If you can’t keep the bottle upright for the initial days of testing, you may also fill some sediment and malt beer into the plastic bottle right away, seal it and test for pressure buildup regularly. Just make sure that there is not too much fermentable malt beer so the bottle can explode in your backpack.
Obviously this is not limited to German Weissbier, but would also work for other beers bottled with possibly interesting yeast.
From my last trip I was only able to bring home yeast from Kuchelbauer and Schneider Weisse.
I finally found the time to fix the images on the wiki. Most of them I was able to get back from a back-up. The rest I simply had to upload again from my disk at home. Let me know if you notice anything else broken.
A few days ago I received a note that my site was hacked and used for a phishing scheme. I asked the support staff to remove the files, but apparently that did some damage to the images for the Wiki. I’ll look into fixing this. The site has been backed up, so I should not have a problem restoring the lost images.
Last night I was finally able to brew again. I was done mashing and lautering the Weissbier wort when I pulled out my turkey fryer burner just to find out that it stopped working. Despite a full propane cylinder no propane would come out of the regulator and after tinkering with it for a while an deciding that this is not the kind of stuff I feel comfortable fixing myself I had to look for other options.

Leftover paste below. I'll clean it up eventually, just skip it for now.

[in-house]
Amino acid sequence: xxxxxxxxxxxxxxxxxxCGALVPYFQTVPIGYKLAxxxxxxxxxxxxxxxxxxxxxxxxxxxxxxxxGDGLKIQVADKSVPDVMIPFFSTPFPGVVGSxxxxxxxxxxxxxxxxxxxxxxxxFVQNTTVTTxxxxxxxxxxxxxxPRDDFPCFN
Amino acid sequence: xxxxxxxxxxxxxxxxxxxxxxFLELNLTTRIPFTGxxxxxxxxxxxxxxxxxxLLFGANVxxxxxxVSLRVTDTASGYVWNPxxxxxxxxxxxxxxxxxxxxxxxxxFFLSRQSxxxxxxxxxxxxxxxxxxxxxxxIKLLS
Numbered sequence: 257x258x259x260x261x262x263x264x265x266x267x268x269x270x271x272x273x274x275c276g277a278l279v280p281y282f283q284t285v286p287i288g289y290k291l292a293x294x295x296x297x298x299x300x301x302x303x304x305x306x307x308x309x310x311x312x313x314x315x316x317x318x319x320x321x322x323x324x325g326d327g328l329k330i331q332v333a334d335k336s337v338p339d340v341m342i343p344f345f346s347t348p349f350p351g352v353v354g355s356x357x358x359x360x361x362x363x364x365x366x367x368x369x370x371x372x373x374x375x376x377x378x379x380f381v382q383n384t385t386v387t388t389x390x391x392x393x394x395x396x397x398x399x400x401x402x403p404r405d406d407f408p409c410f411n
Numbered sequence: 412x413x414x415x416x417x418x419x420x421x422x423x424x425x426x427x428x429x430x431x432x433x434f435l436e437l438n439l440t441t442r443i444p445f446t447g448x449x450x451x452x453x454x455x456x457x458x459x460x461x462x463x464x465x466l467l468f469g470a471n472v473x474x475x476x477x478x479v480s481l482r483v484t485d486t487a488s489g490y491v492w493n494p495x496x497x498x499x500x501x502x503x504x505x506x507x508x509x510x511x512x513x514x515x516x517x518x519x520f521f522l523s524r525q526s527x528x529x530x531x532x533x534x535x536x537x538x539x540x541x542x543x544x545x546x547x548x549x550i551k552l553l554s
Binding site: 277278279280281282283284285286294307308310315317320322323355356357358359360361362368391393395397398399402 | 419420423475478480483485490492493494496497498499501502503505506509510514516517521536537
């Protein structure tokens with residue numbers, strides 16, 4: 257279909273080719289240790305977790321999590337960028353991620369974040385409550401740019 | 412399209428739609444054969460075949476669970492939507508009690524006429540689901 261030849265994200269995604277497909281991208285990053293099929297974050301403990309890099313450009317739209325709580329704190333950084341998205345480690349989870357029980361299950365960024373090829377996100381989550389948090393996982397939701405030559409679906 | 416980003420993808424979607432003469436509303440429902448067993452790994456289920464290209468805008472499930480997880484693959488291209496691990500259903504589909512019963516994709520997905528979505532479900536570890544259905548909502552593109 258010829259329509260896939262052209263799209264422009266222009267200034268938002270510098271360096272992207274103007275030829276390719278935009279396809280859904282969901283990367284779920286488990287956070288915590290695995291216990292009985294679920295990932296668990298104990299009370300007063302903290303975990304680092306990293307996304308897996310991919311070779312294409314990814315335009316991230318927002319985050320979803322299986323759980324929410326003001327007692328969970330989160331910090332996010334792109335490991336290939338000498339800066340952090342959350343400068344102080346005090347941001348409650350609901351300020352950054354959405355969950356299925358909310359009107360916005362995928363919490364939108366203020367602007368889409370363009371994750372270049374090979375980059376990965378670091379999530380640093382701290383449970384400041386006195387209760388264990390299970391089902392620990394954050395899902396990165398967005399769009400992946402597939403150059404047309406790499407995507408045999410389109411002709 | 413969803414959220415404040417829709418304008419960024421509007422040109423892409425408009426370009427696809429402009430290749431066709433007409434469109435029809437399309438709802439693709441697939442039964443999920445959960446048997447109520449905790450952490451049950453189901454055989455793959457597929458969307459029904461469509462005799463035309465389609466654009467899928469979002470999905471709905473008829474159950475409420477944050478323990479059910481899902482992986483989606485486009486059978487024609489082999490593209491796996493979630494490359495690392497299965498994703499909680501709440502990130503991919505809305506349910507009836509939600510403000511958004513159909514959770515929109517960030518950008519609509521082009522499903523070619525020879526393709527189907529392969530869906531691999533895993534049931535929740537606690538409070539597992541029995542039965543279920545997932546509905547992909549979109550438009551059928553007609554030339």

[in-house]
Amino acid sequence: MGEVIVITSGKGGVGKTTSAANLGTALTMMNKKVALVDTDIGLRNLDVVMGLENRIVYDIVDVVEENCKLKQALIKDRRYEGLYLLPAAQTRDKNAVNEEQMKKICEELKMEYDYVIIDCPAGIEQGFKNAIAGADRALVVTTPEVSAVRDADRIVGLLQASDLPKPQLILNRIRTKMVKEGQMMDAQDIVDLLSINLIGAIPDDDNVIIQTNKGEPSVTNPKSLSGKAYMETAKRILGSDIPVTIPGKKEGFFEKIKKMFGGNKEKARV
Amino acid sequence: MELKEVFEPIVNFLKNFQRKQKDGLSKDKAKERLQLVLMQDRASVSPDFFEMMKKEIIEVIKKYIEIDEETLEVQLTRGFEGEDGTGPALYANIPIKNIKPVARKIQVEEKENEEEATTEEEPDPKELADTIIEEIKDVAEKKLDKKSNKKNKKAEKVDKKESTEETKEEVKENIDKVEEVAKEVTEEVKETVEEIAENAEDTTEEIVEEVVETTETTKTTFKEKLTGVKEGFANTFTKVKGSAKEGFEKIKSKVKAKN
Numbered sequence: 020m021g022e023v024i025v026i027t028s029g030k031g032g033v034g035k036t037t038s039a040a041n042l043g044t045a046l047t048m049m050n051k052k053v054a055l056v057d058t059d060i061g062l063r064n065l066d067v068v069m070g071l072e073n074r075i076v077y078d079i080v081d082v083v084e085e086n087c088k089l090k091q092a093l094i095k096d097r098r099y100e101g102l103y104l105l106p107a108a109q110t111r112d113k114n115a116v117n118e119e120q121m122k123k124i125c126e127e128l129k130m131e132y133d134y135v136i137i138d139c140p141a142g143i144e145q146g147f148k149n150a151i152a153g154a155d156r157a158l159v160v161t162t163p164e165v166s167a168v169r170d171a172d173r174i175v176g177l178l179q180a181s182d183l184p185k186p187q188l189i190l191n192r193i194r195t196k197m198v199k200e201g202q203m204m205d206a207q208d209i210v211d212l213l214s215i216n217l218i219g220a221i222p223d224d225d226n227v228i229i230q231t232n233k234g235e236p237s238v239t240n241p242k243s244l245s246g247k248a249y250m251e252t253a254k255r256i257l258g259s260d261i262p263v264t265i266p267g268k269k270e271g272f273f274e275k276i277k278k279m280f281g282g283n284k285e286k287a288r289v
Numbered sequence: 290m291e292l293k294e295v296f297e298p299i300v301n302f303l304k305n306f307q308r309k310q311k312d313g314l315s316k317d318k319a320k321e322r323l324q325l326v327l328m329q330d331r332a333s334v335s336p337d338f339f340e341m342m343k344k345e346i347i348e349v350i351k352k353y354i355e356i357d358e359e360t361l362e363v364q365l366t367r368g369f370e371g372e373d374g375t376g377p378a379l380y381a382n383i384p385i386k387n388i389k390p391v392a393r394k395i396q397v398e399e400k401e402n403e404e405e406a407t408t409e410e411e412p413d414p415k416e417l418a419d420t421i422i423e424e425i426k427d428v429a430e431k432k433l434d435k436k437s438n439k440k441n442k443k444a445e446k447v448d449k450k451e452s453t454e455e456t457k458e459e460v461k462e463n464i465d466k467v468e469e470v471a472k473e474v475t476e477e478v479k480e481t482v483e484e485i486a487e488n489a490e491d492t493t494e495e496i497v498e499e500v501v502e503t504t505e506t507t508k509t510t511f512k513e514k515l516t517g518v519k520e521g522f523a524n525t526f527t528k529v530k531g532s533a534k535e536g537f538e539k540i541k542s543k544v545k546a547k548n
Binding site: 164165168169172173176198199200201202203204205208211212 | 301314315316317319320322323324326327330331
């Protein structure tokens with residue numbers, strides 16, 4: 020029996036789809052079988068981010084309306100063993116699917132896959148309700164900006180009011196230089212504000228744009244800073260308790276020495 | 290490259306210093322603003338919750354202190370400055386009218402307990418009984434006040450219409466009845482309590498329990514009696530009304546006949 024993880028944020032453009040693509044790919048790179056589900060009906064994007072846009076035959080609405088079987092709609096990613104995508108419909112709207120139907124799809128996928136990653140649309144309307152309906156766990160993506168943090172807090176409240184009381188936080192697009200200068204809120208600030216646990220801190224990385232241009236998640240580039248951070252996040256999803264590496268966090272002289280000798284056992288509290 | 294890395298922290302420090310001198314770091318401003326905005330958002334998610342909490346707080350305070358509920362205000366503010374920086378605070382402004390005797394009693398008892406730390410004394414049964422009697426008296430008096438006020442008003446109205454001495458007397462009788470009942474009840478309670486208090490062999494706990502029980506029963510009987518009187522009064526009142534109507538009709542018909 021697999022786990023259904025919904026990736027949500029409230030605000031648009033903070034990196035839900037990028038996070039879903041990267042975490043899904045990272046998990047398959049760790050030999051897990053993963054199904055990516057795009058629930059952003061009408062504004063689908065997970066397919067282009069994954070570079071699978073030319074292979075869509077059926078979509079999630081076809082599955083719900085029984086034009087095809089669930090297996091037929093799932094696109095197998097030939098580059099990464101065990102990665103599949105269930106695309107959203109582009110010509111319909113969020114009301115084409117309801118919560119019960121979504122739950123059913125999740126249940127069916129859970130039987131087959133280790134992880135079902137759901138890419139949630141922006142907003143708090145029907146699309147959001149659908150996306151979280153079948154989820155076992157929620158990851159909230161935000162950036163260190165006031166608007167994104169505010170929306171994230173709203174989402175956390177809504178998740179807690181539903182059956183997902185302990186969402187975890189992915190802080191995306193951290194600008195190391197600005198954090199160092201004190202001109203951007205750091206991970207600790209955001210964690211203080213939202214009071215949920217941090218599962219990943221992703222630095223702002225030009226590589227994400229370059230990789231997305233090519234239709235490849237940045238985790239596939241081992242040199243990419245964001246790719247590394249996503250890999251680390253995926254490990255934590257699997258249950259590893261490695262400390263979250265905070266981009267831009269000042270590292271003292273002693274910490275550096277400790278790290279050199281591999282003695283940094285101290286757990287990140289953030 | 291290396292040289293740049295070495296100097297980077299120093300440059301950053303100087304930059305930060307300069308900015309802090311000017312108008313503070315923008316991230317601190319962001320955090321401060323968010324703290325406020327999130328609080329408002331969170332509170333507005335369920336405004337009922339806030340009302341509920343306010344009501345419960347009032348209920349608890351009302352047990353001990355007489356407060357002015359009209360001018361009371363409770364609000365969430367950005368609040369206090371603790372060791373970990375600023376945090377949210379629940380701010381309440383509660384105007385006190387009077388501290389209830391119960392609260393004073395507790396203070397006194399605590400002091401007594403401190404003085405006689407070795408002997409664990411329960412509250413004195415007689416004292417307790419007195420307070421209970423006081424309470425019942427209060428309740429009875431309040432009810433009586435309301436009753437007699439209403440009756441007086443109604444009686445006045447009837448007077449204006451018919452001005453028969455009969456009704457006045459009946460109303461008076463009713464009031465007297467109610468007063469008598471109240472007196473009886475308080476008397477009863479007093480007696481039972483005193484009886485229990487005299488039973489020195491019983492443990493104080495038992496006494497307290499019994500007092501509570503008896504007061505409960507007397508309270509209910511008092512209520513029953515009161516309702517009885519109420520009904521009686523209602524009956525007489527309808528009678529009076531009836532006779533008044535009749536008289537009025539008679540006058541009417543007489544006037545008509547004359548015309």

I was also 9:30. Not enough time to rush and buy a new burner and I was also not in the mood of starting a wood fire and boil the wort that way. So I decided to cool the wort down and put it into my fermentation chest where it will be sitting at ~0-4 C until I can resume brewing it, which will most likely be tomorrow.
This was my contribution to the most recent Basic Brewing Radio / BYO listener experiment. It was also the first time that I was able to contribute.
When brewing my most recent KaIPA, I took iodine tests and mash gravity readings during the mashing process. The grist consisted of
- 90% Bairds Pale Malt
- 4% Weyermann CaraMunich I
- 6% Weyermann Munich II
Mash temperature was 68 C at a mash thickness of 3.5 l/kg and a mash pH of 5.45. The mash was stirred before a sample was taken.
This is the progression of the iodine test:
At the 30 min mark I considered the iodine test negative.
The progression of conversion efficiency looked like this:
After 30 min, when the iodine test was negative, only 90% of the extract potential of the grain had been released into the mash’s sweet wort. If I would have run-off at that point efficiency into the kettle would have suffered about 8-9% (conversion efficiency needs to multiplied with the lauter efficiency if efficiency into the kettle is needed). Mashing another 30 min gave me the additional 10% extract potential from the grain.
To what extent the attenuation was still changing after 30 min I don’t know. But I assume that there wasn’t much change happening due to the relatively high mash temp which denatures the beta-amylase more quickly.